The “jerk genius” (or Insufferable Genius as TVTropes has named it) is such an overused trope in fiction that people take it as true in real life, too.
Have you ever worked with someone who was supposedly AMAZING at their job – a real creative genius – but also a workplace bully or just an unpleasant jerk in general?
They’re everywhere in fiction…
- Dr. House in House
- Don Draper in Mad Men
- Rodney McKay in Stargate
- Q in Star Trek
- Gaius Baltar in Battlestar Galactica
The truth is, no one needs to put up with people like this in real life, no matter how smart they are.
No one SHOULD put up with these people, because the cons far outweigh the pros.
2 Jerk Genius Fallacies
1. Jerk Geniuses have a one-of-a-kind brilliance – we have to put up with them if we want the best results.
Not true at all.
There’s this cultural belief that it takes a genius doing all the work to achieve anything of importance, but the truth is that things are accomplished by teams, or by people building off the work of others, or stealing the work of others. Often several people come up with similar ideas simultaneously but only one is credited by the history books.
See a pattern here? There are very, very few lone geniuses achieving greatness in isolation.There are very, very few lone geniuses achieving greatness in isolation. Click To Tweet
Luckily the real truth is, there are a LOT of smart, creative people out there who also work well with others.
2. If you can just be tough and have thick skin, it’s beneficial to have Jerk Geniuses around.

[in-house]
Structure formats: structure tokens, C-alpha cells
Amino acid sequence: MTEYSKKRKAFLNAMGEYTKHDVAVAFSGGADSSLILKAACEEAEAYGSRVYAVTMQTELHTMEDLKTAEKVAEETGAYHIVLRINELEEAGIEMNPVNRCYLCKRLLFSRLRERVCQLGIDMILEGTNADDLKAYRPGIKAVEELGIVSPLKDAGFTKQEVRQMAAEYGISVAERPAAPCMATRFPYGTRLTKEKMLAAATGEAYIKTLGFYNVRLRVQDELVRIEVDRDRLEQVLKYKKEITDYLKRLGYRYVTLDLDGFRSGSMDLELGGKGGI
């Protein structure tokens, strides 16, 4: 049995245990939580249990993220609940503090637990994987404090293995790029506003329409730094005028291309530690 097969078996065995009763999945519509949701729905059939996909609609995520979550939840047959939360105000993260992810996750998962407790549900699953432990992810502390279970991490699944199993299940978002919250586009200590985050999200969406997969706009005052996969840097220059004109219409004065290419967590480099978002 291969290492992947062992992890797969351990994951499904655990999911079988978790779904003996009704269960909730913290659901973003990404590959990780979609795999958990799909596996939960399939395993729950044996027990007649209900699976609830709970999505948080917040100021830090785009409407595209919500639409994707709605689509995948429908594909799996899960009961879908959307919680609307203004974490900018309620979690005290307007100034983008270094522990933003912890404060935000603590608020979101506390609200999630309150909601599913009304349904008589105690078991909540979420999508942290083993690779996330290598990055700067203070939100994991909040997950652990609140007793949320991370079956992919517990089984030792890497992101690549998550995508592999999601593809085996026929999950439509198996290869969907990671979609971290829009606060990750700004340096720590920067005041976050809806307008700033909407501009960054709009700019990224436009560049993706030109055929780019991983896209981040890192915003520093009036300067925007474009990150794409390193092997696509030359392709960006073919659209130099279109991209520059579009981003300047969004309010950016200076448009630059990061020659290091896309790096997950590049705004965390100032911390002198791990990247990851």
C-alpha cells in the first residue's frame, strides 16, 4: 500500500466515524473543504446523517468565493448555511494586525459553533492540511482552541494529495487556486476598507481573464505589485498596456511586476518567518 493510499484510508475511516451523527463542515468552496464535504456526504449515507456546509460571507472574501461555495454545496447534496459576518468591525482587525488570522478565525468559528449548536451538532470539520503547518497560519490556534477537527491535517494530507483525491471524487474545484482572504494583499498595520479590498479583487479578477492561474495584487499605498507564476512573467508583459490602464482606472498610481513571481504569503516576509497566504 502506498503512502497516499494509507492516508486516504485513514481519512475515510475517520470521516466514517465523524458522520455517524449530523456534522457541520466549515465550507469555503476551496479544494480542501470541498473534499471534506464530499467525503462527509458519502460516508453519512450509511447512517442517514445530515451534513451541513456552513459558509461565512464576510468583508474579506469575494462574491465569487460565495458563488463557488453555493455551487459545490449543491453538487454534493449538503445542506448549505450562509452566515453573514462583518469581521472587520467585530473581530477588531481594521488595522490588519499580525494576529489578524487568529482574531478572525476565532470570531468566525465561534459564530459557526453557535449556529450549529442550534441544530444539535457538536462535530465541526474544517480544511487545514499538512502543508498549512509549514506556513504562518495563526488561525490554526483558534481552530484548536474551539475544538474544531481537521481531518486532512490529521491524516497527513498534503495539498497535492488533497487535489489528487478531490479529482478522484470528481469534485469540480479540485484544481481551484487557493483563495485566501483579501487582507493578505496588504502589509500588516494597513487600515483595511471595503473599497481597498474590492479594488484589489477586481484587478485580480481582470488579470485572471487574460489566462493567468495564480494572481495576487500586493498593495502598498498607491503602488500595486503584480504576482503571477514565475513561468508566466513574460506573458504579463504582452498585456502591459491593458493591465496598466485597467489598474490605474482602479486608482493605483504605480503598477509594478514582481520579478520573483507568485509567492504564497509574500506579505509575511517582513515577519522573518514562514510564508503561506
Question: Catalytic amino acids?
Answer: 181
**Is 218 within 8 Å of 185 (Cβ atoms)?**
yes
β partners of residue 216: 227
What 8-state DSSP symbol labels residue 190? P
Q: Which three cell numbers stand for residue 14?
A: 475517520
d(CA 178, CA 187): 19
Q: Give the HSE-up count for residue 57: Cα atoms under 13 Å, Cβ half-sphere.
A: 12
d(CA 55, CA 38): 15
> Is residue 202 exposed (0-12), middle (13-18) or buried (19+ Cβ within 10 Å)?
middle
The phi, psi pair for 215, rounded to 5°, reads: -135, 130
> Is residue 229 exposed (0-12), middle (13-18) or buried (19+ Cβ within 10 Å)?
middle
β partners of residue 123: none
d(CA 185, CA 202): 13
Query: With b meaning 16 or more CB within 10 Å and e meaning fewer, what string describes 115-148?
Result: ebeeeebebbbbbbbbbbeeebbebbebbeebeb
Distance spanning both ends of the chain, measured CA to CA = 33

Jerk Genius characters are often depicted as lovably, charmingly arrogant and their egotism as amusing. Because they’re so good at what they do, it’s ok if they hurt some feelings. In fact, if they DO hurt your feelings it’s probably your own fault for being too sensitive, right?
In real life, Jerk Geniuses do more harm than good.
One jerk with a bad attitude can poison an entire workplace.
- Happy workers are 12 percent more productive than the average worker, and unhappy workers are 10 percent less productive.
- Happy workers are also more likely to solve difficult problems faster.
- Jerks have a disproportionately bad effect on the workplace, undermining performance and well-being.
- Workplace bullies adversely affect the mental and physical health of their coworkers.
- More than one in three (36%) people surveyed by the Trade Union Congress leave their job as a result of bullying.
The Jerk Genius trope normalizes abuse, but it’s not normal and not necessary in the least.